In the old days

In the old days people would periodically lubricate the gears on their tools and appliances to keep them in good working order. In our so called modernity people have become too lazy and stupid to go around lubricating; so manufacturers have replaced hardened metal gears with plastic ones so that people dont have to lubricate them. In fact in most modern tools and appliances, the way they are designed, you can barely access the gears let alone lubricate them. The downside is that plastic breaks a lot easier than hardened steel. Welcome to the throw away garbage life style. Heres a thought: How many bottles and cans etc. do you have to recycle to make-up for all the damage that a throw-away appliance or tools is responsible for?
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On Sun, 24 Jun 2012 14:44:48 -0700 (PDT), snipped-for-privacy@gmail.com wrote:

and appliances to keep them in good working order. In our so called modernity people have become too lazy and stupid to go around lubricating; so manufacturers have replaced hardened metal gears with plastic ones so that people dont have to lubricate them. In fact in most modern tools and appliances, the way they are designed, you can barely access the gears let alone lubricate them. The downside is that plastic breaks a lot easier than hardened steel. Welcome to the throw away garbage life style. Heres a thought: How many bottles and cans etc. do you have to recycle to make-up for all the damage that a throw-away appliance or tools is responsible for? Perhaps but most here know how to "lubricate the gears" of their newsreaders.
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snipped-for-privacy@gmail.com wrote:

The other side of the argument is that a better model of the tool becomes available before the one with the plastic gears wears out. I could be wrong, but I'm thinking of portable devices like drills, saws, and the like.
Then, too, my garage door openers contain nylon gears slathered with some kind of grease (chicken fat?). True, they give up the ghost but it's not a big deal to replace them - and not expensive.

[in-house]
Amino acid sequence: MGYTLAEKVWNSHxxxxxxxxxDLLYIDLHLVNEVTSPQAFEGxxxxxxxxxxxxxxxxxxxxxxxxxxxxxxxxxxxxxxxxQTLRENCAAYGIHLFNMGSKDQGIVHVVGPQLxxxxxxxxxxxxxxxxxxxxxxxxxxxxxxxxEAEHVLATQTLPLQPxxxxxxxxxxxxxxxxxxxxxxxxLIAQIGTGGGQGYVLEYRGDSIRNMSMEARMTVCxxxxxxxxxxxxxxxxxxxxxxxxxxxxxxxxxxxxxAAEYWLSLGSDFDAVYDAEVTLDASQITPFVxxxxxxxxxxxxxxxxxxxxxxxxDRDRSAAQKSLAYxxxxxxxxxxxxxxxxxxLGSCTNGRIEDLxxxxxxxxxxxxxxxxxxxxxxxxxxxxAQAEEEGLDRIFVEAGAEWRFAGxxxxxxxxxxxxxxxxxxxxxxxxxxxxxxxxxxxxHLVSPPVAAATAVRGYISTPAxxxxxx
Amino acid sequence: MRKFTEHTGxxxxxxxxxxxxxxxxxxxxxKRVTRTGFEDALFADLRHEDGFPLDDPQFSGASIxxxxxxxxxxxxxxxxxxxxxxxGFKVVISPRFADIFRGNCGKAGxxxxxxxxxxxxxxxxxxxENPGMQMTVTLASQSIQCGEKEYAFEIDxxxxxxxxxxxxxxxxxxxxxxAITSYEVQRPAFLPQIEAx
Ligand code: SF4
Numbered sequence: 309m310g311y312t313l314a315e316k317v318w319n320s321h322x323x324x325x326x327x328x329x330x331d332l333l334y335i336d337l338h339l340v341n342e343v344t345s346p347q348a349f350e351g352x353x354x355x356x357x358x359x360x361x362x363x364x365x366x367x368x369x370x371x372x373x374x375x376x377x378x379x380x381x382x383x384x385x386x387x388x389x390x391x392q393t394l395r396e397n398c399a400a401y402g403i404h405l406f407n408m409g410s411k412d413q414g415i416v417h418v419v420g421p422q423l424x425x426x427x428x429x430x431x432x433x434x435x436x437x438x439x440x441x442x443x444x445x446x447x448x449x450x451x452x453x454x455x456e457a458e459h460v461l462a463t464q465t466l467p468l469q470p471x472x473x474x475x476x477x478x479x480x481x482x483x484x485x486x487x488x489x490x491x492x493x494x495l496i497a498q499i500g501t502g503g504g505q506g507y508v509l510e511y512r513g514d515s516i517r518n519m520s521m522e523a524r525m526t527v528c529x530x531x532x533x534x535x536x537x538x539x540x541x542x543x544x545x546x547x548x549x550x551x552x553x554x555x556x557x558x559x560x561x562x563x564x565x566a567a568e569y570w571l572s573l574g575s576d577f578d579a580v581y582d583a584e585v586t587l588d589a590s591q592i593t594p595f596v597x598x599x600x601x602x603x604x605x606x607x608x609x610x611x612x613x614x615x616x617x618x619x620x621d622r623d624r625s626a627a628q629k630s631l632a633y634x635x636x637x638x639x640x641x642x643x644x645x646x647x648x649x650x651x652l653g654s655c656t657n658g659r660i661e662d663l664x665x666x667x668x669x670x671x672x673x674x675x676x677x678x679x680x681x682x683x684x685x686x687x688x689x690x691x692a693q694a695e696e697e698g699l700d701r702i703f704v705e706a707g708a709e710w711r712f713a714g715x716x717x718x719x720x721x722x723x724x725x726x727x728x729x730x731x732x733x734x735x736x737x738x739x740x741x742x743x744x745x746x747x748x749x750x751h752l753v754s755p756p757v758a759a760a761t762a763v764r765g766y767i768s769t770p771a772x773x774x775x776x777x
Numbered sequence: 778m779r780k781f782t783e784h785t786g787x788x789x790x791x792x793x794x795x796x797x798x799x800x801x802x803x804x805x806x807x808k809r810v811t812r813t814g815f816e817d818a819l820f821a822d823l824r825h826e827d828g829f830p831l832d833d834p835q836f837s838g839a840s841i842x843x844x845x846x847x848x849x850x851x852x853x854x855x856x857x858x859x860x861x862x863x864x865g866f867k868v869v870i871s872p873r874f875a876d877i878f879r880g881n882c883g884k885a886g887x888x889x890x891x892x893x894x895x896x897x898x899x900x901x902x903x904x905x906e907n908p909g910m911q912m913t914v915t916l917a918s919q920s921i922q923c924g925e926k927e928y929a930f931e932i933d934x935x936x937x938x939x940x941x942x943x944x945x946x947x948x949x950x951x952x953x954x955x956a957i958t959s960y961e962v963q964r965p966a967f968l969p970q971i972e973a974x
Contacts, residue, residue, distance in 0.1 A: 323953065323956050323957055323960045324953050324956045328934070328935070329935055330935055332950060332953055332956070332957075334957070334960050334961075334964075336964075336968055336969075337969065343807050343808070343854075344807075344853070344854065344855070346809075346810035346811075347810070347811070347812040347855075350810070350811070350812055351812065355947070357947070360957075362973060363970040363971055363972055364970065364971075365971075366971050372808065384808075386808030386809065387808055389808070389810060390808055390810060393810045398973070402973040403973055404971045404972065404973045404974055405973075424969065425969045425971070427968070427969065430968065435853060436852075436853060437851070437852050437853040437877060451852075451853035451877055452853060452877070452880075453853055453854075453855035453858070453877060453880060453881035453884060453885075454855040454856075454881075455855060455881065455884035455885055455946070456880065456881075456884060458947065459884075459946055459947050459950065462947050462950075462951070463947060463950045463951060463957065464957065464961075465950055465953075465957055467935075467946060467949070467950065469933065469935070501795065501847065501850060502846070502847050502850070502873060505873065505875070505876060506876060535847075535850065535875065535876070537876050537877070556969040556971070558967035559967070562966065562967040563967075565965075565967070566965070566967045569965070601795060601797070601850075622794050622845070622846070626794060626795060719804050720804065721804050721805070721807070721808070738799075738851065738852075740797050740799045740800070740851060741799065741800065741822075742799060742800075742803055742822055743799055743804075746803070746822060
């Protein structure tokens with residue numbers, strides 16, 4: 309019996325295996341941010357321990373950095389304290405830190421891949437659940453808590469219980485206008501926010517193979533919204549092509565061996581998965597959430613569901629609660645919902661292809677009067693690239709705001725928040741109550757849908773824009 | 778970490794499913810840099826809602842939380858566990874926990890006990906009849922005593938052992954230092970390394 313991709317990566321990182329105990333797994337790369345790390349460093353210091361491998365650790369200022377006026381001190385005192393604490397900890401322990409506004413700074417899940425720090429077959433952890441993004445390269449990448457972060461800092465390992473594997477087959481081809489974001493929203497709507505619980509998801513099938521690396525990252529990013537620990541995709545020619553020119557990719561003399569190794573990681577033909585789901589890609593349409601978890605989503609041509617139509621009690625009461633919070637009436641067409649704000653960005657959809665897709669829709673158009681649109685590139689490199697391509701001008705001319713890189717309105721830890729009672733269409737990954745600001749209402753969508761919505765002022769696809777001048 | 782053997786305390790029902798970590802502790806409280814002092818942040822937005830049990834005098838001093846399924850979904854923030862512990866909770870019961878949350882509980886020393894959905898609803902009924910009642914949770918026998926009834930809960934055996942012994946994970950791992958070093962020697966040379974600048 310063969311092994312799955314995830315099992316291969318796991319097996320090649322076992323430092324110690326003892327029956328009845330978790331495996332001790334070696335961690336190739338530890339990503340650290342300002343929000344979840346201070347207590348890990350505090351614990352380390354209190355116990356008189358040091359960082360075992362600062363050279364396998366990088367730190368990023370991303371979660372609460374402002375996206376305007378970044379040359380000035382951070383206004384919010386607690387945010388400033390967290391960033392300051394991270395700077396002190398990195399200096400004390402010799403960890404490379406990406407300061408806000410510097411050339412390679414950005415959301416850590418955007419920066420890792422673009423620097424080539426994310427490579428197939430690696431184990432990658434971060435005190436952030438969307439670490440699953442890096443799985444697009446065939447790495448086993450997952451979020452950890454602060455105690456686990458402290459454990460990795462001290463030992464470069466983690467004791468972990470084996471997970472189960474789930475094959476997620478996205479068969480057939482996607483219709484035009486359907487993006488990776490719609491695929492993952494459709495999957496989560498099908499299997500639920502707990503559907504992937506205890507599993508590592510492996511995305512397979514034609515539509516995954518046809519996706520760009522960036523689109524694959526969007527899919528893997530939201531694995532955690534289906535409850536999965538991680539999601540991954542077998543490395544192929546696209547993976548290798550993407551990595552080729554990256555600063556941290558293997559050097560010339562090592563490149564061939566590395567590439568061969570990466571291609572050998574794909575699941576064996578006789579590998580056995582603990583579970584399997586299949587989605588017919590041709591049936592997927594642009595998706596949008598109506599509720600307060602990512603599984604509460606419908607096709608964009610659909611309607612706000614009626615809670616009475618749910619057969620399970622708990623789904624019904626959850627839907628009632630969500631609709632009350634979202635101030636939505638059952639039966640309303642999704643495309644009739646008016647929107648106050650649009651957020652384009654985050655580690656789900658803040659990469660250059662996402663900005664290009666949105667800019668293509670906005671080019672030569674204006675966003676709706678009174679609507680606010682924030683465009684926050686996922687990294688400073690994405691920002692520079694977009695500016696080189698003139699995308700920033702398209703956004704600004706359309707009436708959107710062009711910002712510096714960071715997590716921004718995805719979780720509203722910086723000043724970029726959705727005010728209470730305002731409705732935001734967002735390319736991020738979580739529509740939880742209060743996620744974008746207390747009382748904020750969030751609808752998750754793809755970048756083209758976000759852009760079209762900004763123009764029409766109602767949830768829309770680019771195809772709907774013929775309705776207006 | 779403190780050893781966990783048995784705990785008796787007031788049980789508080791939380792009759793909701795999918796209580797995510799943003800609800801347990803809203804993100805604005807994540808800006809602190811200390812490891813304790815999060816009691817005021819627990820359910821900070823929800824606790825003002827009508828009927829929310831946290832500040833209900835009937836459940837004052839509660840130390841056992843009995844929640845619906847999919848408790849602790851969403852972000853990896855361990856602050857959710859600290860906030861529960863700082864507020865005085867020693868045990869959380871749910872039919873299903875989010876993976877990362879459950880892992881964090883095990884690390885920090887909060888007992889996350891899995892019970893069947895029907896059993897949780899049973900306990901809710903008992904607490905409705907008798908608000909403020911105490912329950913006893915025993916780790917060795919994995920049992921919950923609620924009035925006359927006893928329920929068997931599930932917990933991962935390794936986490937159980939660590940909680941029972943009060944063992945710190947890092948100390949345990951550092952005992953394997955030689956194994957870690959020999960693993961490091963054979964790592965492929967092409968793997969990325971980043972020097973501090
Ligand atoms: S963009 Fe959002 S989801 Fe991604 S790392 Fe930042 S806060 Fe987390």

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themselves rather than the other side, which is usually far more expensive and/or harder to replace. IOW, they're designed to break.
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On Sunday, June 24, 2012 6:24:23 PM UTC-7, snipped-for-privacy@att.bizzzzzzzzzzzz wrote:

I always thought that's what a clutch was for.
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On Sun, 24 Jun 2012 19:14:15 -0700 (PDT), snipped-for-privacy@gmail.com wrote:

1) nope 2) There usually isn't one
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In the old days people would periodically lubricate the gears on their tools and appliances to keep them in good working order. In our so called modernity people have become too lazy and stupid to go around lubricating; so manufacturers have replaced hardened metal gears with plastic ones so that people dont have to lubricate them. In fact in most modern tools and appliances, the way they are designed, you can barely access the gears let alone lubricate them. The downside is that plastic breaks a lot easier than hardened steel. Welcome to the throw away garbage life style. Heres a thought: How many bottles and cans etc. do you have to recycle to make-up for all the damage that a throw-away appliance or tools is responsible for?
There's also a plan called "Obsoletion" which manufacturers have in place to limit the life of their products for several reasons, but the main reason is to provide jobs.
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On Sunday, June 24, 2012 4:46:39 PM UTC-7, Meanie wrote:

Jobs in China.
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On Sun, 24 Jun 2012 17:18:44 -0700 (PDT), snipped-for-privacy@gmail.com wrote:

I find that the people who bitch the most about jobs going to China buy less US content than those who don't. What do you drive? What appliances? Tools?
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On Sunday, June 24, 2012 6:26:06 PM UTC-7, snipped-for-privacy@att.bizzzzzzzzzzzz wrote:

GMC, SPEED QUEEN, HILTI
No, I don't know if the parts for them are made in China but at least it's better than buying a Rockwell 3RILL.
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On Sun, 24 Jun 2012 19:18:30 -0700 (PDT), snipped-for-privacy@gmail.com wrote:

Government Motors. Figures.
You have a speed queen refrigerator? A Hilti Drill.

Not the point. I wouldn't buy one, either.
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manufacturers may have many plans, but creating jobs is never their top priority...that belongs to the search for profits and the two are almost mutually exclusive
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On Sun, 24 Jun 2012 14:44:48 -0700, recyclebinned wrote:

Some of us still do that kind of thing...

I've seen white silicone grease used a lot in things with plastic gears. I suspect that plastic gears are used simply because they're easier to fabricate (and yes, as someone mentioned, because sometimes they're designed to be a weak point in a mechanism).

Thankfully there are usually older products available on the used market which will do the same job.

Here's another thought: How are those bottles and cans recycled? Where are they shipped for handling, and how much energy is used in the processing?
cheers
Jules
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